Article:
6. 6. Albert Heijn is a supermarket chain which offers convenience to its customers due to its high number of locations throughout the country, wide range of products, and many different supermarket formats. Revenue is generated by selling groceries to customers and franchisingtheir brand name. The central elements of their cost structure are rent for store locations andwarehouses, manufacturing, purchasing (of goods as well as infrastructure), logistics,advertising and staff salaries. Their advanced automatic replenishment systems enable themto use information strategically (for example, to reduce instances of out-of-stock products)and due to bulk-buying and hard negotiation with suppliers, Albert Heijn keeps costs undercontrol. The KLM is a ‘hybrid carrier’. It provides airtransportation services to travellers in a number of ways: as a full service network carrier in ahub-spoke system (Air France KLM), a holiday carrier in a point-to-point system(Transavia.com), a low cost carrier in a point-to- point (Transavia.com) and a traditionalfreight carrier (Air France KLM Cargo, MartinAir Cargo). In addition, maintenance servicesare provided worldwide through ‘KLM Engineering & Maintenance’ division.Revenue is generated by selling airline tickets to travellers, charging transportation costs fortransporting cargo and maintenance costs to owners/operators of airplanes. The cost structure of the KLM business model consists of investments in equipment(airplanes, facilities), people (i.e. pilots, cabin crew, ground personnel, maintenancepersonnel) and operating costs (i.e., airport charges, landing rights, marketing, andadministration). 6
  7. 7. ABN AMRO is a financial institution which provides tailormade financial solutions, services & consultancy to private, retail and corporate clients inlocal markets and aims for international growth by diversifying and strengthening its fundingprofile meanwhile holding high quality capital and applying effective cost control & riskmanagement mechanisms. Revenue is generated through banking products sold, services and consultancyprovided to private, retail and corporate customers in local and international markets. Mainrevenue components are net interest, fee and commissions income on granted loans andprovided services (portfolio management, insurance, payment and etc.). On the other hand,costs are mainly comprised of regular operating expenses (personnel, information technology,housing and etc.), interest & commission expenses (due to banks and customers), loanimpairments and risk provisions. McKinsey & Company, Inc. is a global managementconsulting firm that focuses on solving issues of concern to senior management. McKinseyserves as an adviser to many businesses, governments, and institutions. It is recognized as oneof the most prestigious consulting firms in the world, works with 100 leading globalcorporations, and two-thirds of the Fortune 1000 list. With its networked model of consulting,McKinsey is able to bring best practices to its clients. As a private firm, McKinsey is not required to disclose compensation figures;therefore details of its cost structure are not publicly available. On the other hand, looking atthe other consultancy firms, McKinsey’s main costs, as well as its main assets, should be itspeople. Additionally, John Huey (1993) says, "The Firm places itself above discussing moneyas a motivation, yet senior partners often earn as much, or more, than the CEOs they advise” 7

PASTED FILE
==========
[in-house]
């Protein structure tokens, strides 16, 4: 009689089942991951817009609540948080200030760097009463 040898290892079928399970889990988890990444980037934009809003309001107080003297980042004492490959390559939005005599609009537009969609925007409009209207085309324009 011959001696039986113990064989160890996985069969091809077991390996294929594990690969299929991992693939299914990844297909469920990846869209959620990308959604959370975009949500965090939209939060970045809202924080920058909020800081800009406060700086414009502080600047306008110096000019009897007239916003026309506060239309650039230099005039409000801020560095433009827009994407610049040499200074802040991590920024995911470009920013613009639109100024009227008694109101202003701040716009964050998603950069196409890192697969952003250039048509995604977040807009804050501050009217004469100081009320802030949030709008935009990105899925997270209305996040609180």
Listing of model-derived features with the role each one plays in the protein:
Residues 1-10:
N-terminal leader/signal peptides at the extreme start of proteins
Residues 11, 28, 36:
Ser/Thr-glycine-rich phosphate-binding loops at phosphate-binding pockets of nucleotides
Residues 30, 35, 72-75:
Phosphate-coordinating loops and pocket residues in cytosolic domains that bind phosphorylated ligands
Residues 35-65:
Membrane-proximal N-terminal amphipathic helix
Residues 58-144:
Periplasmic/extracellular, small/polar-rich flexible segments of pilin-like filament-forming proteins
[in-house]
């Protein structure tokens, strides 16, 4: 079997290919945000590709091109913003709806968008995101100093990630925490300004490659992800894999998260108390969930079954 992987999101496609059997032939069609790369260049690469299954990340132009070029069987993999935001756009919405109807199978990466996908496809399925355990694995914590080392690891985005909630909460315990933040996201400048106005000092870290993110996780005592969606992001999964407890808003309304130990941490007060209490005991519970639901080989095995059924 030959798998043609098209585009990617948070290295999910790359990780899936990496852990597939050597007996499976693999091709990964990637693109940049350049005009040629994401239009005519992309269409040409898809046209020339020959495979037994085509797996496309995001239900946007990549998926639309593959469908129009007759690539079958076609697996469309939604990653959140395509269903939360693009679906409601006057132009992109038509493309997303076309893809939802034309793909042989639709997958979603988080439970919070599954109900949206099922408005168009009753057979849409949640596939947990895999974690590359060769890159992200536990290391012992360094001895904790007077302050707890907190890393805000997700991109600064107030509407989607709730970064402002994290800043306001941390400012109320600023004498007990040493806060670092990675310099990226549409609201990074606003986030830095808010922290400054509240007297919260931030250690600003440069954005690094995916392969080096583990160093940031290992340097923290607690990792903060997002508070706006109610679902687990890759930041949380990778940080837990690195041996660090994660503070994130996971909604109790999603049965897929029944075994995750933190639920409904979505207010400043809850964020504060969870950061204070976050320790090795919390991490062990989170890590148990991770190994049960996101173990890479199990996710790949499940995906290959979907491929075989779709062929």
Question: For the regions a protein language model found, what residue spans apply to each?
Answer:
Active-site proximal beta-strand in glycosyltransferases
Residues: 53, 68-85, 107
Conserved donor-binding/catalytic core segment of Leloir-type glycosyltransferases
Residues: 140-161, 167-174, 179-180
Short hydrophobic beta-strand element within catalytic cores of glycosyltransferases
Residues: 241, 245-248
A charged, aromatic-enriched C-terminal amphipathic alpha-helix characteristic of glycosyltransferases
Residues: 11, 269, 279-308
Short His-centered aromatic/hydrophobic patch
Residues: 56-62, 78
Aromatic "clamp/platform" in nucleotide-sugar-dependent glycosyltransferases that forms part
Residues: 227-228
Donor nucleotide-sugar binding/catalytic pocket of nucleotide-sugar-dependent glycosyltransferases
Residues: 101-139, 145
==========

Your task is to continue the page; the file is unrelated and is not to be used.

8. 8. ReferencesCoff, Russel W. (1999), When Competitive Advantage Doesn’t Lead to Performance: TheResource-based View and Stakeholder Bargaining Power, Organization Science, 10(2): 119-133.Jacobson, Robert (1992), The “Austrian” School of Strategy, Academy of ManagementReview, 17(4): 782-807Grant, Robert M. (1996), ‘Prospering in Dynamically-Competitive Environments:Organizational Capabilities as Knowledge Integration’, Organization Science, 7(4): 375-387.Martin, Roger L. and Mihnea C. Moldoveanu (2003), Capital versus Talent: The Battle That’sReshaping Business, Harvard Business Review, (July): 36-41.Stalk, George, Philip Evans and Lawrence E. Schulman (1992), ‘Competing on Capabilities:The New Rules of Corporate Strategy’, Harvard Business Review, (March-April): 57-69.Stoelhorst J.W. (2008), Thinking about Strategy, Teaching note, Amsterdam Business School,3d edition.Stoelhorst, J.W. and Flore Bridoux (2008), Value Creation in the Knowledge Economy: TheRigor, Relevance and Morality of the RBV, Working paper, Amsterdam Business School,University of Amsterdam.Prahalad, C.K. and Gary Hamel (1990), ‘The Core Competence of the Corporation’, HarvardBusiness Review, (May-June): 79-91www.abnamro.comwww.klm.comhttp://www.annualreport2009.ahold.com/group/our_strategy/our_business_model.htmJohn Huey, Jane Furth (November 1, 1993). "How McKinsey does it". CNN.http://money.cnn.com/magazines/fortune/fortune_archive/1993/11/01/78550/index.htmReichmuth, Johannes, Hansjochen Ehmer, Peter Berster, Gregor Bischoff, WolfgangGrimme, Erik Grunewald, Sven Maertens (2008) ‘Definition of airline business models’,Analyses of the European air transport market airline business models, (5-13) 8